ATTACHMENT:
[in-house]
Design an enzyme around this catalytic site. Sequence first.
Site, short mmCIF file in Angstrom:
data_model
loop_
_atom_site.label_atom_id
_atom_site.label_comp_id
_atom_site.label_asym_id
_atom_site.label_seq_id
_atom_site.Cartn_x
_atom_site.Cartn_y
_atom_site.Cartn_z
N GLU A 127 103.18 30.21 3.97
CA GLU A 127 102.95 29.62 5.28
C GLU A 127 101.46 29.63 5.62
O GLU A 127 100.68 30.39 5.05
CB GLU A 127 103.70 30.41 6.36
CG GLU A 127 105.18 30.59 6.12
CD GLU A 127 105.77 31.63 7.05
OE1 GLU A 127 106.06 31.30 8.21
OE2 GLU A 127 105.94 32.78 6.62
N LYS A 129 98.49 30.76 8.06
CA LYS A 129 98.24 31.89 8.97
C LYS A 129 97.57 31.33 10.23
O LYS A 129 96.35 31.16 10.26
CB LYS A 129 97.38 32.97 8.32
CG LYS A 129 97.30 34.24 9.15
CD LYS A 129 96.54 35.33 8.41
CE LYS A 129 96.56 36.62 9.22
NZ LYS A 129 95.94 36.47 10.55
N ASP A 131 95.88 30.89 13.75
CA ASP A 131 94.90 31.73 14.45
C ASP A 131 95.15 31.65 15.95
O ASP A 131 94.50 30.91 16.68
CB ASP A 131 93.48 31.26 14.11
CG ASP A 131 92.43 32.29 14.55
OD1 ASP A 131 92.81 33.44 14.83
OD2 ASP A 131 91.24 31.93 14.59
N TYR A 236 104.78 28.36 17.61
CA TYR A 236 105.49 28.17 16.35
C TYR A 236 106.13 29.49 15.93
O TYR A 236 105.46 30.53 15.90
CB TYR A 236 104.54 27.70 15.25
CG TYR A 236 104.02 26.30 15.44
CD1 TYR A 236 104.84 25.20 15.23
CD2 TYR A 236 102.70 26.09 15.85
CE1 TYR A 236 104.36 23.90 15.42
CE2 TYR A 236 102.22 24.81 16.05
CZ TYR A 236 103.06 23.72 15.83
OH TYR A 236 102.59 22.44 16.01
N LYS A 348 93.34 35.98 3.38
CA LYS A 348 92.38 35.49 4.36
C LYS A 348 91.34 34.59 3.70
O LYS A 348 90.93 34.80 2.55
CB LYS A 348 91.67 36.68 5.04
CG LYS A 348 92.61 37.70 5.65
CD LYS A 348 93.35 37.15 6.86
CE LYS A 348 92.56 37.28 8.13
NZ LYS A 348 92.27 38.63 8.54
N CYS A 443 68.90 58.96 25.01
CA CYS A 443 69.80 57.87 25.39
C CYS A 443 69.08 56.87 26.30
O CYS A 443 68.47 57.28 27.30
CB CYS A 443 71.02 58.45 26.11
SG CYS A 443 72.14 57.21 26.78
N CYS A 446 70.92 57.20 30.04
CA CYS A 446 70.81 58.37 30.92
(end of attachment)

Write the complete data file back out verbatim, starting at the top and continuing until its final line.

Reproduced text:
[in-house]
Design an enzyme around this catalytic site. Sequence first.
Site, short mmCIF file in Angstrom:
data_model
loop_
_atom_site.label_atom_id
_atom_site.label_comp_id
_atom_site.label_asym_id
_atom_site.label_seq_id
_atom_site.Cartn_x
_atom_site.Cartn_y
_atom_site.Cartn_z
N GLU A 127 103.18 30.21 3.97
CA GLU A 127 102.95 29.62 5.28
C GLU A 127 101.46 29.63 5.62
O GLU A 127 100.68 30.39 5.05
CB GLU A 127 103.70 30.41 6.36
CG GLU A 127 105.18 30.59 6.12
CD GLU A 127 105.77 31.63 7.05
OE1 GLU A 127 106.06 31.30 8.21
OE2 GLU A 127 105.94 32.78 6.62
N LYS A 129 98.49 30.76 8.06
CA LYS A 129 98.24 31.89 8.97
C LYS A 129 97.57 31.33 10.23
O LYS A 129 96.35 31.16 10.26
CB LYS A 129 97.38 32.97 8.32
CG LYS A 129 97.30 34.24 9.15
CD LYS A 129 96.54 35.33 8.41
CE LYS A 129 96.56 36.62 9.22
NZ LYS A 129 95.94 36.47 10.55
N ASP A 131 95.88 30.89 13.75
CA ASP A 131 94.90 31.73 14.45
C ASP A 131 95.15 31.65 15.95
O ASP A 131 94.50 30.91 16.68
CB ASP A 131 93.48 31.26 14.11
CG ASP A 131 92.43 32.29 14.55
OD1 ASP A 131 92.81 33.44 14.83
OD2 ASP A 131 91.24 31.93 14.59
N TYR A 236 104.78 28.36 17.61
CA TYR A 236 105.49 28.17 16.35
C TYR A 236 106.13 29.49 15.93
O TYR A 236 105.46 30.53 15.90
CB TYR A 236 104.54 27.70 15.25
CG TYR A 236 104.02 26.30 15.44
CD1 TYR A 236 104.84 25.20 15.23
CD2 TYR A 236 102.70 26.09 15.85
CE1 TYR A 236 104.36 23.90 15.42
CE2 TYR A 236 102.22 24.81 16.05
CZ TYR A 236 103.06 23.72 15.83
OH TYR A 236 102.59 22.44 16.01
N LYS A 348 93.34 35.98 3.38
CA LYS A 348 92.38 35.49 4.36
C LYS A 348 91.34 34.59 3.70
O LYS A 348 90.93 34.80 2.55
CB LYS A 348 91.67 36.68 5.04
CG LYS A 348 92.61 37.70 5.65
CD LYS A 348 93.35 37.15 6.86
CE LYS A 348 92.56 37.28 8.13
NZ LYS A 348 92.27 38.63 8.54
N CYS A 443 68.90 58.96 25.01
CA CYS A 443 69.80 57.87 25.39
C CYS A 443 69.08 56.87 26.30
O CYS A 443 68.47 57.28 27.30
CB CYS A 443 71.02 58.45 26.11
SG CYS A 443 72.14 57.21 26.78
N CYS A 446 70.92 57.20 30.04
CA CYS A 446 70.81 58.37 30.92